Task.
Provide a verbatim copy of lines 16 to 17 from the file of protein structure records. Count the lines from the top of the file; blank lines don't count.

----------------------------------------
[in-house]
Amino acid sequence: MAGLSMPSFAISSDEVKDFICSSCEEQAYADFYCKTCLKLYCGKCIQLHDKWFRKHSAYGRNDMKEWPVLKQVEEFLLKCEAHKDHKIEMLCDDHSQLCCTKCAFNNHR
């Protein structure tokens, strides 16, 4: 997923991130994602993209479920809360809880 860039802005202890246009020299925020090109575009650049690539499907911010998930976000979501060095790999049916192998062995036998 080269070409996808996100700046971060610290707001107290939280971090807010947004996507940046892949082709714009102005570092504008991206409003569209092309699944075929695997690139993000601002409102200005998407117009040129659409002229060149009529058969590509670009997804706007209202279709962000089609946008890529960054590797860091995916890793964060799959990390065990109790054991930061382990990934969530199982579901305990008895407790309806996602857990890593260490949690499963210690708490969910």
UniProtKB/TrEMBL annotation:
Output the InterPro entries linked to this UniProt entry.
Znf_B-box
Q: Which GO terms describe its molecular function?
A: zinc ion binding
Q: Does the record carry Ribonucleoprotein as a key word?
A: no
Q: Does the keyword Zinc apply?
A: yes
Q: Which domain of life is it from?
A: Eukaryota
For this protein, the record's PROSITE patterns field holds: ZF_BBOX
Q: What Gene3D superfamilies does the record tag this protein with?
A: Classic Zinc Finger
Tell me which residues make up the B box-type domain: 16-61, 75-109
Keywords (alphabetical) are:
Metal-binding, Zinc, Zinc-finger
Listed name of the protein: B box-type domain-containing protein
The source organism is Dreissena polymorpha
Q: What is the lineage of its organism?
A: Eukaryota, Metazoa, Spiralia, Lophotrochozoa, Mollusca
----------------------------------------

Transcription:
Q: What Gene3D superfamilies does the record tag this protein with?
A: Classic Zinc Finger